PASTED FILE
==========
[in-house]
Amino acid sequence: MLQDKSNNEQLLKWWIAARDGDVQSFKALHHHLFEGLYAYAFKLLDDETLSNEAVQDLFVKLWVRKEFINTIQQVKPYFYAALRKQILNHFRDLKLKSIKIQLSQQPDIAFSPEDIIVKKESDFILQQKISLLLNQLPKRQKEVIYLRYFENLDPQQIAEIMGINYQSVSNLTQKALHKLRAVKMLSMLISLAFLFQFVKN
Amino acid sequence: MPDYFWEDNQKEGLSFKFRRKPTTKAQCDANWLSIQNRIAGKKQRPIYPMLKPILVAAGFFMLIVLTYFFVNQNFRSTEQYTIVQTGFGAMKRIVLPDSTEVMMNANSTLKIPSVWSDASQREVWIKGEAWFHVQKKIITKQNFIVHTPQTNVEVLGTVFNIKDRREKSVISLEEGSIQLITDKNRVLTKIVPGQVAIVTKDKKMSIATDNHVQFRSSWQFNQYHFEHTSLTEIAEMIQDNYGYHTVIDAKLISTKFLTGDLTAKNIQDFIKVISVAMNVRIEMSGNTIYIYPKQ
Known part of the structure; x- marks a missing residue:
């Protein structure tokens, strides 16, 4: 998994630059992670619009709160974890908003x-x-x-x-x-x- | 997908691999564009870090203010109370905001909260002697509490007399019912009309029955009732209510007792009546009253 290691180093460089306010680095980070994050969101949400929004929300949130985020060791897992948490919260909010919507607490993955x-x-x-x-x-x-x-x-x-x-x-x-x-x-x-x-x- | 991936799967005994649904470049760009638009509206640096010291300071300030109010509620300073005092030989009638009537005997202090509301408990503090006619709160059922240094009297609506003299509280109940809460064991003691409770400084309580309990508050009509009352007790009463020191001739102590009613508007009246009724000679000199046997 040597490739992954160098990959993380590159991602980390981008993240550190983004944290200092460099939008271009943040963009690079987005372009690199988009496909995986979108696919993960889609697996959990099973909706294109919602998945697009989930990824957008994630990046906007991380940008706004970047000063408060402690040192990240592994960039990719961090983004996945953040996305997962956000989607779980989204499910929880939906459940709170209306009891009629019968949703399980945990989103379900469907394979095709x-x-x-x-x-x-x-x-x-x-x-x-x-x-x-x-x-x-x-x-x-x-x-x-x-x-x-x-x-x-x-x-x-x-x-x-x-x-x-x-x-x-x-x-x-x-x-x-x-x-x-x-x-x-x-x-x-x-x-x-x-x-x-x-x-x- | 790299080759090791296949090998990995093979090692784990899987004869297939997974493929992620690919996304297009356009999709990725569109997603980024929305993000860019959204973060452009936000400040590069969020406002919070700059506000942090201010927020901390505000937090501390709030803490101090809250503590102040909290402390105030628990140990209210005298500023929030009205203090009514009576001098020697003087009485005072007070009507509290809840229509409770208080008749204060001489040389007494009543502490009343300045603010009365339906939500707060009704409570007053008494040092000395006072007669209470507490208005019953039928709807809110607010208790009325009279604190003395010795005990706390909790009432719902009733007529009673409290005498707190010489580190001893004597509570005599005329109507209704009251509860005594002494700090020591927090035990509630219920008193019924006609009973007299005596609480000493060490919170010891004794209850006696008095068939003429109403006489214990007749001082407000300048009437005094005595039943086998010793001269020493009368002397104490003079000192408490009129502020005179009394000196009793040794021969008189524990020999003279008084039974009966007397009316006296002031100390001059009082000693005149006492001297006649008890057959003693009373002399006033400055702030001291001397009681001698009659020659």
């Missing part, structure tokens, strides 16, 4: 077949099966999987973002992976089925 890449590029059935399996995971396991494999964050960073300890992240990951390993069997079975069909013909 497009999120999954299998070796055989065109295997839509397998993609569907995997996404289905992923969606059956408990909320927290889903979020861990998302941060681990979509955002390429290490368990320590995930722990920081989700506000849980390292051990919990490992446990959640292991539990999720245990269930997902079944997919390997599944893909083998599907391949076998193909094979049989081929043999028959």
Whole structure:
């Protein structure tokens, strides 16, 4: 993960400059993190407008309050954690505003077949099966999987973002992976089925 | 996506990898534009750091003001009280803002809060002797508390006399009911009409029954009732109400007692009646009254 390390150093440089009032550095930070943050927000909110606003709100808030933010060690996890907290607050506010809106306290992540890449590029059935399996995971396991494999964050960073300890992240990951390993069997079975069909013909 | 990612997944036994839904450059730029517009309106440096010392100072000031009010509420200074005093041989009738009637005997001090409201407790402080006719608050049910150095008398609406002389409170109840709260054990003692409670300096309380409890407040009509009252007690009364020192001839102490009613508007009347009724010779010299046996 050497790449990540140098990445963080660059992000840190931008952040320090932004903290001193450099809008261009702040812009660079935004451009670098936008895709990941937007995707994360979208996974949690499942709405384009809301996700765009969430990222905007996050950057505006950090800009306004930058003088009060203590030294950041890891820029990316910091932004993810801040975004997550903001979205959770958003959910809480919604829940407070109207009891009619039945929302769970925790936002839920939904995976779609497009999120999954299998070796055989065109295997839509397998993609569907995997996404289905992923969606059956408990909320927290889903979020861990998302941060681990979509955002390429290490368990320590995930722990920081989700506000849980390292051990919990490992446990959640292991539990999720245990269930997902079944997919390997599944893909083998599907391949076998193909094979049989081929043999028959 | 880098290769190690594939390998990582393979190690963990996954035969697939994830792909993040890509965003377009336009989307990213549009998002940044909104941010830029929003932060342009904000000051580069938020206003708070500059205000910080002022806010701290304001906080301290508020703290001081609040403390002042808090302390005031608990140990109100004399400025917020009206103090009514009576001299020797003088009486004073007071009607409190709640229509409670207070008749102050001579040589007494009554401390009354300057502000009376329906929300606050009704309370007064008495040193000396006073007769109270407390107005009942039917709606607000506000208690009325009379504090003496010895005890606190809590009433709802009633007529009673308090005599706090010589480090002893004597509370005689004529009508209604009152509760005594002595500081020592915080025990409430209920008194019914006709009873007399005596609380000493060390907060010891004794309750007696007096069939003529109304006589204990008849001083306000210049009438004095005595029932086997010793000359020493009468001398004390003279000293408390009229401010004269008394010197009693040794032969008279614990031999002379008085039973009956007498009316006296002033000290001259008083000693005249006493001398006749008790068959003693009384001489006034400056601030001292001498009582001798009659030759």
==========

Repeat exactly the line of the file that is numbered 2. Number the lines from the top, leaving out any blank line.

Amino acid sequence: MLQDKSNNEQLLKWWIAARDGDVQSFKALHHHLFEGLYAYAFKLLDDETLSNEAVQDLFVKLWVRKEFINTIQQVKPYFYAALRKQILNHFRDLKLKSIKIQLSQQPDIAFSPEDIIVKKESDFILQQKISLLLNQLPKRQKEVIYLRYFENLDPQQIAEIMGINYQSVSNLTQKALHKLRAVKMLSMLISLAFLFQFVKN